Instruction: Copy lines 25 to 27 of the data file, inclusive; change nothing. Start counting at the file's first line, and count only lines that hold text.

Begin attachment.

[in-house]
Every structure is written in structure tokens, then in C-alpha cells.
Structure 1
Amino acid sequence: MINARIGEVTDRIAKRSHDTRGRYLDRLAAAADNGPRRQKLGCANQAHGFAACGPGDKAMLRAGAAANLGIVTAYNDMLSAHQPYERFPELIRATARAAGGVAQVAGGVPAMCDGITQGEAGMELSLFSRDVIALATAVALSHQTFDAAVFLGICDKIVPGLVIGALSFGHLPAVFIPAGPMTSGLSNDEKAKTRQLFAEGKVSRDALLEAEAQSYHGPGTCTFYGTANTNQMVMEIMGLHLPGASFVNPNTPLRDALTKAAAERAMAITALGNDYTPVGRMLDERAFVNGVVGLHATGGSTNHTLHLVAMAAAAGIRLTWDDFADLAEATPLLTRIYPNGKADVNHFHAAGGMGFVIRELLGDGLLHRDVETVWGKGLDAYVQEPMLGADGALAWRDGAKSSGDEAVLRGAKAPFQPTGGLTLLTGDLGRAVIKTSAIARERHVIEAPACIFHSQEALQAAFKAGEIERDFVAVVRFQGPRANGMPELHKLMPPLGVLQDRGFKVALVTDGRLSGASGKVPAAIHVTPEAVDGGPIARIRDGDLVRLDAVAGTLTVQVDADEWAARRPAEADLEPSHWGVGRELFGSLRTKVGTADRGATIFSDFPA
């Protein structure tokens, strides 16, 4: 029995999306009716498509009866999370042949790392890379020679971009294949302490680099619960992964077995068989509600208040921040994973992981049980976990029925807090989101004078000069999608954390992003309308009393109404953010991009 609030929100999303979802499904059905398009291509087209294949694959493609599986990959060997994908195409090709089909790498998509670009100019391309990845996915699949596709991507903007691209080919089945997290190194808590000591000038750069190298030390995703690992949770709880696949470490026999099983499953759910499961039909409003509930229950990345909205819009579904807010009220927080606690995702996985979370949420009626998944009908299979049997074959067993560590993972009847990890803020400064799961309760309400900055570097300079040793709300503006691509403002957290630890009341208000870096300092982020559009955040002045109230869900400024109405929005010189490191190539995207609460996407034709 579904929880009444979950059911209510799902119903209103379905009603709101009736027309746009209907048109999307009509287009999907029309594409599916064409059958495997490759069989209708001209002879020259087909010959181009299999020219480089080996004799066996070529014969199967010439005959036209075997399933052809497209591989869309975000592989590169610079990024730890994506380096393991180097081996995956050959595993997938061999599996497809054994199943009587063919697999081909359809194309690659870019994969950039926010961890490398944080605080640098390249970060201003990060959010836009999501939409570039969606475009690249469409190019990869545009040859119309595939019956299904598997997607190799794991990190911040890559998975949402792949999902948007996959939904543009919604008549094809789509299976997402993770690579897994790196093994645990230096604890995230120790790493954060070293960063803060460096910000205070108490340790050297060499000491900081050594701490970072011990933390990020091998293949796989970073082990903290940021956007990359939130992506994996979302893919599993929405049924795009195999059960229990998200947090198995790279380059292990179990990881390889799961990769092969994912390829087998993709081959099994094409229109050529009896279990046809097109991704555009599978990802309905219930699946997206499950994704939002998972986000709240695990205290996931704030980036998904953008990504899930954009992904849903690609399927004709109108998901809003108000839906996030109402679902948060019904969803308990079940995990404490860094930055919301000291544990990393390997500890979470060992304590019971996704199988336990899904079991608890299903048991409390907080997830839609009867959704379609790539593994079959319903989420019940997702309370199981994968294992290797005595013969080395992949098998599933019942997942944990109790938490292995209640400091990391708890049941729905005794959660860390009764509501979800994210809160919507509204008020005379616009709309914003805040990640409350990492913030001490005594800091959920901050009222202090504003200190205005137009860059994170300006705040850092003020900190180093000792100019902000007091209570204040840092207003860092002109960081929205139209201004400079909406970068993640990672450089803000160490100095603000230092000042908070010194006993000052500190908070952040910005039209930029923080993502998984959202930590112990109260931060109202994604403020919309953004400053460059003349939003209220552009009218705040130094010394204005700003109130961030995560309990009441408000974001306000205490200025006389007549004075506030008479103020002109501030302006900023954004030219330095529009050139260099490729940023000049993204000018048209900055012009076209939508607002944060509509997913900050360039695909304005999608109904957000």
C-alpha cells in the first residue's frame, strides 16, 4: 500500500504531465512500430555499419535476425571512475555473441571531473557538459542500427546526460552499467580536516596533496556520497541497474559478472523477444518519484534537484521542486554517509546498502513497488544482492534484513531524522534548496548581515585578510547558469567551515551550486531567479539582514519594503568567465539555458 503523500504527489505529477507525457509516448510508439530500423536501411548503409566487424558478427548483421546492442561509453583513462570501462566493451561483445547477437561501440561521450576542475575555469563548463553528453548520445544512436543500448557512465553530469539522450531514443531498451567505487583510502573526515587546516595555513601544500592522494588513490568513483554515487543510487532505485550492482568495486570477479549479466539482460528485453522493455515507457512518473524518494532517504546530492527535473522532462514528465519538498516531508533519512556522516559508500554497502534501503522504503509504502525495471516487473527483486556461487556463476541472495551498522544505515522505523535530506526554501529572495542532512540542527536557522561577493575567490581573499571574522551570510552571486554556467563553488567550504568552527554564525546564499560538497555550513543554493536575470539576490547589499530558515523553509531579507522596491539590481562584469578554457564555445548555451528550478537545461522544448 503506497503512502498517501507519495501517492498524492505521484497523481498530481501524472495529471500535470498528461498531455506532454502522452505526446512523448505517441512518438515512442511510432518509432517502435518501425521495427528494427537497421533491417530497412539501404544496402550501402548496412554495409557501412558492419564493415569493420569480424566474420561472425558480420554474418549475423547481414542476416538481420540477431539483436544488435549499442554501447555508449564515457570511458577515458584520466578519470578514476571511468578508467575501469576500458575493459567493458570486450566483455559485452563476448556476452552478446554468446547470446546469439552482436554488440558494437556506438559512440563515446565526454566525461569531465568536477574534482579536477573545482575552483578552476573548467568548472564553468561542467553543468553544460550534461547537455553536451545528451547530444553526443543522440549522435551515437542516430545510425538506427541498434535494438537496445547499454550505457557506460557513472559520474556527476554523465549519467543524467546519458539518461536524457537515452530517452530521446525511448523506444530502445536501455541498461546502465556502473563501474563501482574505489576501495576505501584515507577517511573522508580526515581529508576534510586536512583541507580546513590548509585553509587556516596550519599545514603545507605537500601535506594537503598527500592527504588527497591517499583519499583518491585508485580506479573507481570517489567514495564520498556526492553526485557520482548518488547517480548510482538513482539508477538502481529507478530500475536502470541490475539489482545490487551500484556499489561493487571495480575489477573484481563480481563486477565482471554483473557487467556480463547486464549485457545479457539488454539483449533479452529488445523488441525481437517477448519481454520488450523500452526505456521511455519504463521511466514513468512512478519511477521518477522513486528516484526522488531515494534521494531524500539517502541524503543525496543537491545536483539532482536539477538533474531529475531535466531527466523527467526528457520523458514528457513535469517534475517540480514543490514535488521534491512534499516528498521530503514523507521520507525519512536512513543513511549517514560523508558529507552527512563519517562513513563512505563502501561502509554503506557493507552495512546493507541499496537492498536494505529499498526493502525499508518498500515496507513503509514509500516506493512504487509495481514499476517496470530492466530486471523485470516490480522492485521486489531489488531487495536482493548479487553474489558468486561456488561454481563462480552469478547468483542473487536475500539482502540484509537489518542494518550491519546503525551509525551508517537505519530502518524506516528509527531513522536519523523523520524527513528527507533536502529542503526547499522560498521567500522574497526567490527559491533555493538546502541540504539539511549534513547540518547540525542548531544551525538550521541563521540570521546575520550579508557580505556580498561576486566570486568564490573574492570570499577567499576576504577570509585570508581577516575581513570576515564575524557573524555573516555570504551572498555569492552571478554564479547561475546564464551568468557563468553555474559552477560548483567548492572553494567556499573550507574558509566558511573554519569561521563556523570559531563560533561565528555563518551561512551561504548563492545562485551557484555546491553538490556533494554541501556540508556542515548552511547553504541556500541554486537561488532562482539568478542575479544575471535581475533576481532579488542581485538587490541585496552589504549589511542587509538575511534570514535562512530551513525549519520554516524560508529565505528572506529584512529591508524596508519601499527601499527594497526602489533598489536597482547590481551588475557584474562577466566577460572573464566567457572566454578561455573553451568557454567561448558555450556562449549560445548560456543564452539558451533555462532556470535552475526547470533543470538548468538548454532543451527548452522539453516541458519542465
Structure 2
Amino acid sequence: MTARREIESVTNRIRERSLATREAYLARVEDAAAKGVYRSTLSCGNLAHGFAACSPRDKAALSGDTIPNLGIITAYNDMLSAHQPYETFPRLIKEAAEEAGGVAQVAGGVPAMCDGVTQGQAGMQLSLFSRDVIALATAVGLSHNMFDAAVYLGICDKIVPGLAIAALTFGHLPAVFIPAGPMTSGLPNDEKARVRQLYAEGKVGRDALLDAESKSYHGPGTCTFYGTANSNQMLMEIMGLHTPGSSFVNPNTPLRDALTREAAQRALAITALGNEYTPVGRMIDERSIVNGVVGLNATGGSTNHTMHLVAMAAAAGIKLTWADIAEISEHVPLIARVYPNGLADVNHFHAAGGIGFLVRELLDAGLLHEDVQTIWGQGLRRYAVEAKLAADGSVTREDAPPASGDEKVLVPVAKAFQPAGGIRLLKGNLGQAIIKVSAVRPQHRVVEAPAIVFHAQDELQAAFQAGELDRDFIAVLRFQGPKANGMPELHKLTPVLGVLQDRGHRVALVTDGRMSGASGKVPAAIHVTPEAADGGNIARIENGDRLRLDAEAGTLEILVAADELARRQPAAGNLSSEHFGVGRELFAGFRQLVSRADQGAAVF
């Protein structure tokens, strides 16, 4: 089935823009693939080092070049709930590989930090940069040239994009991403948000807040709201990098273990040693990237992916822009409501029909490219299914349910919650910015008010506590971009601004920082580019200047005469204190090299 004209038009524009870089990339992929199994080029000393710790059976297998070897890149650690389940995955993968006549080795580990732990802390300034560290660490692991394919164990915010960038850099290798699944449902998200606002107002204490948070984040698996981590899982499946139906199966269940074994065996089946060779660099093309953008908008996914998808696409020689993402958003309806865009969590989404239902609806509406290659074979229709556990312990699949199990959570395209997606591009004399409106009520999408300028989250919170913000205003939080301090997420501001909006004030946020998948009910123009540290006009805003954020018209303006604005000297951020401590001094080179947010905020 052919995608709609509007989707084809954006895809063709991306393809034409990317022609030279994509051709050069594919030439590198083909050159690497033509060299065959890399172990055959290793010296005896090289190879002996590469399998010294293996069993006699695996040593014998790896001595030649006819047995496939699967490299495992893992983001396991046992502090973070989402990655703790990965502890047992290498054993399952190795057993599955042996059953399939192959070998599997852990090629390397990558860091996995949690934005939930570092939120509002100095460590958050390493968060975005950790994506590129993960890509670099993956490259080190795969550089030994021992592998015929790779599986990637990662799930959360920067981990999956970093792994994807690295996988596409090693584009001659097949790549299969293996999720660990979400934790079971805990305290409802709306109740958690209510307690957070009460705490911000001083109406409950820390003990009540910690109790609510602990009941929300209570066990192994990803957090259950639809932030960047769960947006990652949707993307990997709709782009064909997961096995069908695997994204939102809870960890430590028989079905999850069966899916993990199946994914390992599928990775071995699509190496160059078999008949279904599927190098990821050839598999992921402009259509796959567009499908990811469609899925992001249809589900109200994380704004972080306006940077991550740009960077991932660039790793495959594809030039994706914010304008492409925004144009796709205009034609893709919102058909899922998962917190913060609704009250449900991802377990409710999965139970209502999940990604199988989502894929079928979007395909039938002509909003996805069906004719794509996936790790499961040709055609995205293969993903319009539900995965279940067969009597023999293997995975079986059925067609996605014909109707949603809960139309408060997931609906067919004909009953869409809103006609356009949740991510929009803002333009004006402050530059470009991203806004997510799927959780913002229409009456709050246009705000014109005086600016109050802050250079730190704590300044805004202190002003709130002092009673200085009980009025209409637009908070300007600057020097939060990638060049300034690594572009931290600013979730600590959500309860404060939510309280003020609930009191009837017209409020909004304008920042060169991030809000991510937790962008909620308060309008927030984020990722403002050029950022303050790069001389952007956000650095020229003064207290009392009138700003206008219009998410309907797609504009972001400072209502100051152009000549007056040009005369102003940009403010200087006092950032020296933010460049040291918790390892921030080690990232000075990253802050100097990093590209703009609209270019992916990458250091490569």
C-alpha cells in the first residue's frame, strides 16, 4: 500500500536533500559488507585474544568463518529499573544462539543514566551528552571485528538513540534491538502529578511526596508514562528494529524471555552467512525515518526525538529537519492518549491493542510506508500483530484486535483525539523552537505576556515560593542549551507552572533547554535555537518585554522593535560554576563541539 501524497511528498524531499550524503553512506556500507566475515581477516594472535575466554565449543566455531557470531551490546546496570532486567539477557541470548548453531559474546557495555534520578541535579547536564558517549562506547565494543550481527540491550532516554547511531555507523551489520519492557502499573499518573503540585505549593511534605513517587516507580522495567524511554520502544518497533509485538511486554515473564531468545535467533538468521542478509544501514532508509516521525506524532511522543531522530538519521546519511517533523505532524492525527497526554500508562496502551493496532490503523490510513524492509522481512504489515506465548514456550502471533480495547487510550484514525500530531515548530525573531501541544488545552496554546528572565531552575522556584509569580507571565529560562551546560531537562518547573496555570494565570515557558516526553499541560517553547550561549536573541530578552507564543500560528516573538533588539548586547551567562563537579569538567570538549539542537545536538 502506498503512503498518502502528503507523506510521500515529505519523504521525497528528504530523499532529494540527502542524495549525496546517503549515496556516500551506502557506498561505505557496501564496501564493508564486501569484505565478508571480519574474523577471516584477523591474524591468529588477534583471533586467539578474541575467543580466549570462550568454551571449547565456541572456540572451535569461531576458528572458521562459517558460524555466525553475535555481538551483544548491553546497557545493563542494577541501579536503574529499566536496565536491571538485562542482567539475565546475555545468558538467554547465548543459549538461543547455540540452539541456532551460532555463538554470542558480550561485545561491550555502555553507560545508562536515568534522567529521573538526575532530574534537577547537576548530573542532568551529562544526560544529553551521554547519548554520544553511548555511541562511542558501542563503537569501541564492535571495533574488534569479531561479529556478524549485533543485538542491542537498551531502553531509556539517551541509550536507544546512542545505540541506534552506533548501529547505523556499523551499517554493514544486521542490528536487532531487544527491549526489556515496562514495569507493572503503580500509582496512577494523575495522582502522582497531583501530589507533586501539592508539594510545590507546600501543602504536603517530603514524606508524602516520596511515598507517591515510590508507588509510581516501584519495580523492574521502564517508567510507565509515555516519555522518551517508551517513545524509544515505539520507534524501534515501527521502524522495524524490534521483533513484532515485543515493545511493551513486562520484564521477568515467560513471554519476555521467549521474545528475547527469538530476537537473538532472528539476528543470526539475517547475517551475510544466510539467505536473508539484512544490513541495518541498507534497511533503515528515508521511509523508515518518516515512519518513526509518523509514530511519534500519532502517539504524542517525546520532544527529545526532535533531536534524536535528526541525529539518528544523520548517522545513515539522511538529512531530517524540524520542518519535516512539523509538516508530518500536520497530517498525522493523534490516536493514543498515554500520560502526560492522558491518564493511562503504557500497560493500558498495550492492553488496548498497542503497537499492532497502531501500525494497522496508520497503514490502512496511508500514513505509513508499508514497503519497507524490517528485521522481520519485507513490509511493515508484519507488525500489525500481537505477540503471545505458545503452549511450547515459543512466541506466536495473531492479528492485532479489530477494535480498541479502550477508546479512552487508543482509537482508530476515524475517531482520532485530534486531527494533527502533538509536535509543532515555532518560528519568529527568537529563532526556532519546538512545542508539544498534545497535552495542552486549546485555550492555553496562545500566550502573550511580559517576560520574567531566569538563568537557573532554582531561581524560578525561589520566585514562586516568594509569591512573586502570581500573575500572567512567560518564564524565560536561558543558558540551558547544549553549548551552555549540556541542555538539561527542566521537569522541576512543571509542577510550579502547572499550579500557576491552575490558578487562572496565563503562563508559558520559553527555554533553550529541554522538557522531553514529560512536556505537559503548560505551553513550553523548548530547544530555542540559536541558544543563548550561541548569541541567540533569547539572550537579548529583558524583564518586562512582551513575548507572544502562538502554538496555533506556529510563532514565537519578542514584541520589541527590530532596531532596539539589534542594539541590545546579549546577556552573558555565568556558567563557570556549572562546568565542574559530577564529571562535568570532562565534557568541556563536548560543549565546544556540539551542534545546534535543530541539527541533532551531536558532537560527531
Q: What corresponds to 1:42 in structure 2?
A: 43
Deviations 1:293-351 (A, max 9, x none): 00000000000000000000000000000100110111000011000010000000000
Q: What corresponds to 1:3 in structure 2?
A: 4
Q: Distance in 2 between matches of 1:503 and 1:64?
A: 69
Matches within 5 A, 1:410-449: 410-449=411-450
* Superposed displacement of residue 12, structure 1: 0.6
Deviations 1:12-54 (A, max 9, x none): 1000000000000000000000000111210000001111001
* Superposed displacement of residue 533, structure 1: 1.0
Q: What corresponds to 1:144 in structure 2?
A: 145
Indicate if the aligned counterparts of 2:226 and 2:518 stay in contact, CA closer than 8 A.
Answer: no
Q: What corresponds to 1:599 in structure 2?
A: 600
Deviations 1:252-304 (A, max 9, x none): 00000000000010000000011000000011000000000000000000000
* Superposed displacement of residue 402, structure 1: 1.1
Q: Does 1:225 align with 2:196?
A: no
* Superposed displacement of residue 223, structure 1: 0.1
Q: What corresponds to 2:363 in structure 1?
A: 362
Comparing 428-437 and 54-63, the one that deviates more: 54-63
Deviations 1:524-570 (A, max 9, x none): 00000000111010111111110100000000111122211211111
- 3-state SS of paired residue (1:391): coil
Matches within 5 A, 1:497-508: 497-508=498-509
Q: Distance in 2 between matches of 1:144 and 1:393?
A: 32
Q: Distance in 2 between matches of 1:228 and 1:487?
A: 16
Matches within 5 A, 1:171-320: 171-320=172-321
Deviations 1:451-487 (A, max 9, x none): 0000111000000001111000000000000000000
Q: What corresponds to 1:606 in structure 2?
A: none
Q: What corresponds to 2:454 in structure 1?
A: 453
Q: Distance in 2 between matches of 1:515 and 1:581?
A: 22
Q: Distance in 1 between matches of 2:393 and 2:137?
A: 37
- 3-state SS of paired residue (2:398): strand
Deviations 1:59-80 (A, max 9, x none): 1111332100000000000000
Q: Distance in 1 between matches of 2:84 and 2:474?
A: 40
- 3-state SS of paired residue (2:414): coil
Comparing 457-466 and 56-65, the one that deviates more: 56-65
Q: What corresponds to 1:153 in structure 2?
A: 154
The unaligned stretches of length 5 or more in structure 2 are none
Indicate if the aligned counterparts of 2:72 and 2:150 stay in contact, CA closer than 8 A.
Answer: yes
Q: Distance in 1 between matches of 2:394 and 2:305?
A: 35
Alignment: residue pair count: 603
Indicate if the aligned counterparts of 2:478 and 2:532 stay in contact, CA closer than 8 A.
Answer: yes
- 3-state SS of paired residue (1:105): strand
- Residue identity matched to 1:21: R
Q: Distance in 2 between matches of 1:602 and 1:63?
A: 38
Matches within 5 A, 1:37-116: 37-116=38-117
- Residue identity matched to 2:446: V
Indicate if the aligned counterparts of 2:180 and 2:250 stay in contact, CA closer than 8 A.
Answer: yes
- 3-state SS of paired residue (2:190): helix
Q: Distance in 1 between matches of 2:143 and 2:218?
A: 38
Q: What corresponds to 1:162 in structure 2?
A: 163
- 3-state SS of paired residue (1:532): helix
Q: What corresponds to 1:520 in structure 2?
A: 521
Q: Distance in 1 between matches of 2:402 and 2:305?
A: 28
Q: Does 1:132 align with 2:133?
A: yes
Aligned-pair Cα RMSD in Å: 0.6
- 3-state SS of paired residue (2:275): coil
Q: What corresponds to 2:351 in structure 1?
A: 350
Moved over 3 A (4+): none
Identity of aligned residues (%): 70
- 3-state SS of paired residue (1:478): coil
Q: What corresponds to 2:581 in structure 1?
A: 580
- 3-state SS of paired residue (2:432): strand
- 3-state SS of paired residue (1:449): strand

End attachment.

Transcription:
Answer: no
Q: What corresponds to 1:599 in structure 2?
A: 600